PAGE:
Tens of thousands of South Sudanese danced and cheered as their new nation declared independence, a hard-won separation from the north that still leaves simmering issues of disputed borders and oil payments unresolved. The president of South Sudan, Salva Kiir, stood next to his old civil war foe the president of Sudan, Omar Hassan al-Bashir, who now leads just the north, at a ceremony to mark the birth of the new nation. Under-developed, oil-producing South Sudan won its independence in a January referendum -- the climax of a 2005 peace deal that ended decades of fighting with the north. Security forces at first tried to control the streets in the south's dusty capital Juba, but retreated as jubilant crowds moved in overnight and through the day, waving flags, dancing and chanting "South Sudan o-yei, freedom o-yei." Some revellers fainted in the blistering heat as South Sudan's parliamentary speaker, James Wani Igga, read out the formal declaration of independence.
"We, the democratically elected representatives of the people ... hereby declare Southern Sudan to be an independent and sovereign state," said Igga before Sudan's flag was lowered, the South Sudan flag was raised and the new anthem sung. Kiir took the oath of office. People threw their hands in the air, embraced and wept. "We got it. We got it," one man said as he hugged a woman. The presence of Bashir, who campaigned to keep Africa's largest state united, was a key gesture of goodwill. It will also be an embarrassment to some Western diplomats at the event. The International Criminal Court has issued an arrest warrant for Bashir on charges of war crimes in Darfur. Bashir gave a speech congratulating the new country. "The will of the people of the south has to be respected," he said, adding that both states had to maintain peace.
North Sudan's government was the first to recognise South Sudan, hours before the split took place, a move that smoothed the way to the division. The United States, China and Britain signalled their recognition of the state, according to official statements and government media reports. "After so much struggle by the people of South Sudan, the United States of America welcomes the birth of a new nation," said U.S. President Barack Obama, stopping short of announcing any immediate changes in longstanding U.S. sanctions on Sudan that Khartoum has been hoping will be lifted. Dignitaries including U.N. Secretary General Ban Ki-moon and the leaders of about 30 African nations attended. In a possible sign of the South's new allegiances, the crowd included about 200 supporters of Darfur rebel leader Abdel Wahed al-Nur, fighting Khartoum in an eight-year insurgency just over South Sudan's border in the north. Earlier, the supporters of Nur's rebel Sudan Liberation Army faction stood in a line chanting "Welcome, welcome new state," wearing T-shirts bearing their leader's image. One carried a banner reading "El Bashir is wanted dead or alive." Traditional dance groups drummed and waved shields and staffs in a carnival atmosphere.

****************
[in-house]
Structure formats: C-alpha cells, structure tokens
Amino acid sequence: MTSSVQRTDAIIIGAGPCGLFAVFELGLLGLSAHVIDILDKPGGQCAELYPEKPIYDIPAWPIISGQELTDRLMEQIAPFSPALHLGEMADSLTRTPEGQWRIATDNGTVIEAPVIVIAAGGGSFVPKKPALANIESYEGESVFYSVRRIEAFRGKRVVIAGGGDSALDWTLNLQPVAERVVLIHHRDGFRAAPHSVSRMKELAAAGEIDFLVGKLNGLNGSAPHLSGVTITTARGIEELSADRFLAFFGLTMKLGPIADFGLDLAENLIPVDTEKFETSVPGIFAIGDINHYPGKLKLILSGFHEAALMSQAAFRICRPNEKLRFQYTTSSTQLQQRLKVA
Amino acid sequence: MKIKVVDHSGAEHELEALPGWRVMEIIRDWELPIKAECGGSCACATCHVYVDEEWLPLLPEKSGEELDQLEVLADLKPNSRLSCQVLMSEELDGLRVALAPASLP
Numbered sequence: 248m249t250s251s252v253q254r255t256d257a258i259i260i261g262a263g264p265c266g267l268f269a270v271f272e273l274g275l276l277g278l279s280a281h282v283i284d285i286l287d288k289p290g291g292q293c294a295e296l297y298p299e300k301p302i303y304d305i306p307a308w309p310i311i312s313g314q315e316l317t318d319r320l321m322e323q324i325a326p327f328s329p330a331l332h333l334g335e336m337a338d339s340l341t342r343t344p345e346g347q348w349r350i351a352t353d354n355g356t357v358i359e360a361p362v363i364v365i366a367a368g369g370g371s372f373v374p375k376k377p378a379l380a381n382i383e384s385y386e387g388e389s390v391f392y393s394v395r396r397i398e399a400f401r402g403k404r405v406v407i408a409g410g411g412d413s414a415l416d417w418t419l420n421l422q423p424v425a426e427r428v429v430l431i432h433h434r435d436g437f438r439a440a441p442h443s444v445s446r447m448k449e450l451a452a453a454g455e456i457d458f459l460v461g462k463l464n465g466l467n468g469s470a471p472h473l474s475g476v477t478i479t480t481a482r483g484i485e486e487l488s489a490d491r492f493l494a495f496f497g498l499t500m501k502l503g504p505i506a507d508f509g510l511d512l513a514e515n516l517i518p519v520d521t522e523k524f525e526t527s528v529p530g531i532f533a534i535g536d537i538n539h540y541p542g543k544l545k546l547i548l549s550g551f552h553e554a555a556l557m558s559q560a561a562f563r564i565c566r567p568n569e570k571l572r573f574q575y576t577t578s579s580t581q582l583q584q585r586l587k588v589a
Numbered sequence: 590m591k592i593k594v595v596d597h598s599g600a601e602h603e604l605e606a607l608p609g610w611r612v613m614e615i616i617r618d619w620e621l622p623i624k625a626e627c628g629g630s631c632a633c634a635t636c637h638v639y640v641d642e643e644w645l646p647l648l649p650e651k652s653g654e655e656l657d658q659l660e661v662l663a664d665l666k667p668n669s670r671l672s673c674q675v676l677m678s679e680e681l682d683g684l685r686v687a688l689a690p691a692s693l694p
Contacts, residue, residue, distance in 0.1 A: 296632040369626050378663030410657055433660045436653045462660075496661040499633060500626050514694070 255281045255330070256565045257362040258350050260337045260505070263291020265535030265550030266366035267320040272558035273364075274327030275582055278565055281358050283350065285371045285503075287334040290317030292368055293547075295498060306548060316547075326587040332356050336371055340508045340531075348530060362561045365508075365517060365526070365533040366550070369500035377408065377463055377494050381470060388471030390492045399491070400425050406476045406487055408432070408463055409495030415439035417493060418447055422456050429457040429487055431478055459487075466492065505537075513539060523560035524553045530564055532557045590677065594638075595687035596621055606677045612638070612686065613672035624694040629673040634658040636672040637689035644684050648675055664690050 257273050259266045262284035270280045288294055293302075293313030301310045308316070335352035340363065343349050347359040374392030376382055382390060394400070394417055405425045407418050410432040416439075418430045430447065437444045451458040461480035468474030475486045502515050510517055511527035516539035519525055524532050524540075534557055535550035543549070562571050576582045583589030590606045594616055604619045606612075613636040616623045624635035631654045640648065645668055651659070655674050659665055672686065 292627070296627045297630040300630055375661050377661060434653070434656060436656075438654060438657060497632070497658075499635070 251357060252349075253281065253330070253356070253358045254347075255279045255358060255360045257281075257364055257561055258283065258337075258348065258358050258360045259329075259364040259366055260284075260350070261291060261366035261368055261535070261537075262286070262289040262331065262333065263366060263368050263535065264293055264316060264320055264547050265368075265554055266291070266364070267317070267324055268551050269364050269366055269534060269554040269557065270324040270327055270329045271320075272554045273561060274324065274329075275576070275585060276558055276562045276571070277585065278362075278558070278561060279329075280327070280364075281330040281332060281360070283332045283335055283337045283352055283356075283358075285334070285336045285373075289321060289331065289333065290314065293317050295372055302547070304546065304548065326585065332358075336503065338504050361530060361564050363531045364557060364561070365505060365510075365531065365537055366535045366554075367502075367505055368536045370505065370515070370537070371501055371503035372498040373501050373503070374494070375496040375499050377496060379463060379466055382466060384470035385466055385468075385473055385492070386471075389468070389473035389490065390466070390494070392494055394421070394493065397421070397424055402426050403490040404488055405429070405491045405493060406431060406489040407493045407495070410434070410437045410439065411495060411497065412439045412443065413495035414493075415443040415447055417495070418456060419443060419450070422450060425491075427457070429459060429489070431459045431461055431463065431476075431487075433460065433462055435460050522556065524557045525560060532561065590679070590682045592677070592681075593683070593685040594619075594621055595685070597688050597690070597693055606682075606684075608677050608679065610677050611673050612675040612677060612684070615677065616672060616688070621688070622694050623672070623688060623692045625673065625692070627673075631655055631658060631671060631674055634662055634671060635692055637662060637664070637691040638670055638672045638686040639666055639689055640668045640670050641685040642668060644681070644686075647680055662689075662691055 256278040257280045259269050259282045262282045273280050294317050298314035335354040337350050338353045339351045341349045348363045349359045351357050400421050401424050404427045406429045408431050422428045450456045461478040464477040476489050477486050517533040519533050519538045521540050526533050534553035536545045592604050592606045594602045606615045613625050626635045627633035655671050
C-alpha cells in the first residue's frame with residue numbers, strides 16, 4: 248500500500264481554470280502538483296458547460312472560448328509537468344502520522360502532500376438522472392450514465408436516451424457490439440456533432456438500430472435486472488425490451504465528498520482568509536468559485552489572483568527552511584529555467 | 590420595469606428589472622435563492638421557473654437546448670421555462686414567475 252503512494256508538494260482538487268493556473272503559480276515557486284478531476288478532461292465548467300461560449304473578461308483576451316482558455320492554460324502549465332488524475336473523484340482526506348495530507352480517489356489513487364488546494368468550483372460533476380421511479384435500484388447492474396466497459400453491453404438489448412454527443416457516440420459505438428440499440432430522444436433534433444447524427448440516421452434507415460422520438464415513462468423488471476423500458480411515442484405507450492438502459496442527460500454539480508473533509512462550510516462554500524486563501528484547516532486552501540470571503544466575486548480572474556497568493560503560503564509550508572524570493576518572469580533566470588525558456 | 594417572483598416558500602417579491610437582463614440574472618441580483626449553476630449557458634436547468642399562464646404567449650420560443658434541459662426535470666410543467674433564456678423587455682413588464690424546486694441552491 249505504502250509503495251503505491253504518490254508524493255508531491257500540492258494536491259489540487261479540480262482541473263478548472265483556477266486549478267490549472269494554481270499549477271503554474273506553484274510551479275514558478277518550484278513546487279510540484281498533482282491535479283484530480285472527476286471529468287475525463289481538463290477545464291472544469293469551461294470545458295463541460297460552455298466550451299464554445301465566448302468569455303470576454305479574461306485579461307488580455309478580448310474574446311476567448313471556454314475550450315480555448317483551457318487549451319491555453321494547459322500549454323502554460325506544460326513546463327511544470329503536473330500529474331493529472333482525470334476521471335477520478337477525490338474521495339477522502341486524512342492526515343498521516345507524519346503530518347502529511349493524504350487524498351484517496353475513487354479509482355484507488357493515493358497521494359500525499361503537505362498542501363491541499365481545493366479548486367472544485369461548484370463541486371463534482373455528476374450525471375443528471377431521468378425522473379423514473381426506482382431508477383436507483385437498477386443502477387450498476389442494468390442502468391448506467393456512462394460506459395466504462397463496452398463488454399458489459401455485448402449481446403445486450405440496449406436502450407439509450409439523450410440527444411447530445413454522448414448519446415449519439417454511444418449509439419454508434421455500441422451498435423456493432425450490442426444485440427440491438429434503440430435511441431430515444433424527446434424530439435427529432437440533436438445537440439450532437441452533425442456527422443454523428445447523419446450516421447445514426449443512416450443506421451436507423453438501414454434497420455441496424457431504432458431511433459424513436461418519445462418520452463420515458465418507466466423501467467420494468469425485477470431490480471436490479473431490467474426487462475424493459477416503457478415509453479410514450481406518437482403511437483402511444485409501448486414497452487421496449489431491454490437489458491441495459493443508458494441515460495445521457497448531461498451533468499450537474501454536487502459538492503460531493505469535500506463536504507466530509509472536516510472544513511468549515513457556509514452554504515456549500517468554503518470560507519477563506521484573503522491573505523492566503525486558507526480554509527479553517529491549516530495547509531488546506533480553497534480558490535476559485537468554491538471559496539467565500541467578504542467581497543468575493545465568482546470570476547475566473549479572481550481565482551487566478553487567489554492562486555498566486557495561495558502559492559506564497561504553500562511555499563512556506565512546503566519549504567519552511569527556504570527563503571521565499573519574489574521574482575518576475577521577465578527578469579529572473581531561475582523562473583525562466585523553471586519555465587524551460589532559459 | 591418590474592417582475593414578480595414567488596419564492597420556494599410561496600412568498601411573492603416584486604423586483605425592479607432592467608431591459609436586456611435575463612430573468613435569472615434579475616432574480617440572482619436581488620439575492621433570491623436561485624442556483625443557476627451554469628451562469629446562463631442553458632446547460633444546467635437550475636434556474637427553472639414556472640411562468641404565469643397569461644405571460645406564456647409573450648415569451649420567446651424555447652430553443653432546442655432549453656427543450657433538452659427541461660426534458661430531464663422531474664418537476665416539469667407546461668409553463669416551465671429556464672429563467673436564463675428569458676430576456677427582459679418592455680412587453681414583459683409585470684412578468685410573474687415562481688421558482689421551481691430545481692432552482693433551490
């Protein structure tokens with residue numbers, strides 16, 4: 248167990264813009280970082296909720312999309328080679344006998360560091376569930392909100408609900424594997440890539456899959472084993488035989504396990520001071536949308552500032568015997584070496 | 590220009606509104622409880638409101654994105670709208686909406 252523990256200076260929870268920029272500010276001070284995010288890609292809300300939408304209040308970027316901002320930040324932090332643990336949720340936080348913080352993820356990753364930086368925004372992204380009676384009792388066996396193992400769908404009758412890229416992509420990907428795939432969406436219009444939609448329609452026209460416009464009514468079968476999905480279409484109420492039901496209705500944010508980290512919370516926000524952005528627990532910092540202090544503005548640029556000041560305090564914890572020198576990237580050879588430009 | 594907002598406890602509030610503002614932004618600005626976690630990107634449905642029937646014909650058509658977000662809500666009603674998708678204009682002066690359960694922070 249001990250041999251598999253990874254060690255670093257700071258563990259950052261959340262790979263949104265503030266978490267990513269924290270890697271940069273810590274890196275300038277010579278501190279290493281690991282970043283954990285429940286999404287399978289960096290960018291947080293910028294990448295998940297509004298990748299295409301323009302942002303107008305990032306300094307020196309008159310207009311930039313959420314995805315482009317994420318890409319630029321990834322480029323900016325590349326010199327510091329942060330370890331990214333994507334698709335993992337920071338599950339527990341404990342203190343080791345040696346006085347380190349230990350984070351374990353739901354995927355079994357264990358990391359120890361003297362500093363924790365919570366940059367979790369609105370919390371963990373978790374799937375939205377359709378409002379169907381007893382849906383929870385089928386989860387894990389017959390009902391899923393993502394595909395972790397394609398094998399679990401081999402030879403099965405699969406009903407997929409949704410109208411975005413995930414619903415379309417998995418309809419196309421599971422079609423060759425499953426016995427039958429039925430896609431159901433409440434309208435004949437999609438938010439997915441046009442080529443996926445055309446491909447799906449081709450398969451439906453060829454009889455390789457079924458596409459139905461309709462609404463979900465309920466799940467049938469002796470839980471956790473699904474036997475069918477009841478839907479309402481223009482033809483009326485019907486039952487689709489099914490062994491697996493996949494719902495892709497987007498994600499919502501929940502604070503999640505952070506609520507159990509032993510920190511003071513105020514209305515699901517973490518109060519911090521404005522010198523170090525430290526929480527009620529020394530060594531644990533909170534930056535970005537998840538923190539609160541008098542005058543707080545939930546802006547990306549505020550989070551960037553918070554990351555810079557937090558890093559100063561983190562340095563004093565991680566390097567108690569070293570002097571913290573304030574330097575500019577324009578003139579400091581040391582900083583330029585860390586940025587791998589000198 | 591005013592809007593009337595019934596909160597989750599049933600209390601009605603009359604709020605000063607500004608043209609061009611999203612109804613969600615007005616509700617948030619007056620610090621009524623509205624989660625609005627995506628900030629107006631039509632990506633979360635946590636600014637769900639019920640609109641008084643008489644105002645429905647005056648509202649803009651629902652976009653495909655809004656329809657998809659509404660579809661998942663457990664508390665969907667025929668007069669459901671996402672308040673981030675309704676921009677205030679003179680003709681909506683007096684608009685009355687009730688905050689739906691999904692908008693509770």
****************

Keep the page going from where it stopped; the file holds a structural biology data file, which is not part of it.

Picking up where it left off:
"Free at last," said Simon Agany, 34, as he walked around shaking hands after midnight -- the time when officials said the South actually became the world's newest nation. The crowd cheered as Kiir unveiled a giant statue of civil war hero John Garang, who signed the peace deal with the north. Kiir offered an amnesty to rebels fighting his government and promised to bring peace to troubled border areas. "I would like to take this opportunity to declare amnesty for all those who have taken up arms against Sudan," he said. "I want to assure the people of Abyei, Darfur, Blue Nile and South Kordofan that we have not forgotten you. When you cry, we cry. When you bleed, we bleed. I pledge to you today that we will find a just peace for all," he said.
SEEDS OF FUTURE TENSION
Khartoum's recognition of the South did not dispel fears of future tensions. Northern and southern leaders have still not agreed on a list of issues, most importantly the line of the border, the ownership of the disputed Abyei region and how they will handle oil revenues, the lifeblood of both economies. At the stroke of midnight the Republic of Sudan lost almost a third of its territory and about three quarters of its oil reserves, which are sited in the south. It faced the future with insurgencies in its Darfur and Southern Kordofan regions. In Khartoum, one sign of the new national order was the disappearance of some English-language and SPLM-linked newspapers. The north said it suspended them as they were published or owned by southerners -- an ominous signal for more than 1 million southerners left in the north. Many northerners see the separation as a loss of face. Analysts have long feared a return to war if north-south disputes are not resolved. Mostly Muslim Sudan fought rebels in the south, where most follow Christianity and traditional beliefs, for all but a few years from the 1950s in civil wars fuelled by ethnicity, religion, oil and ideology.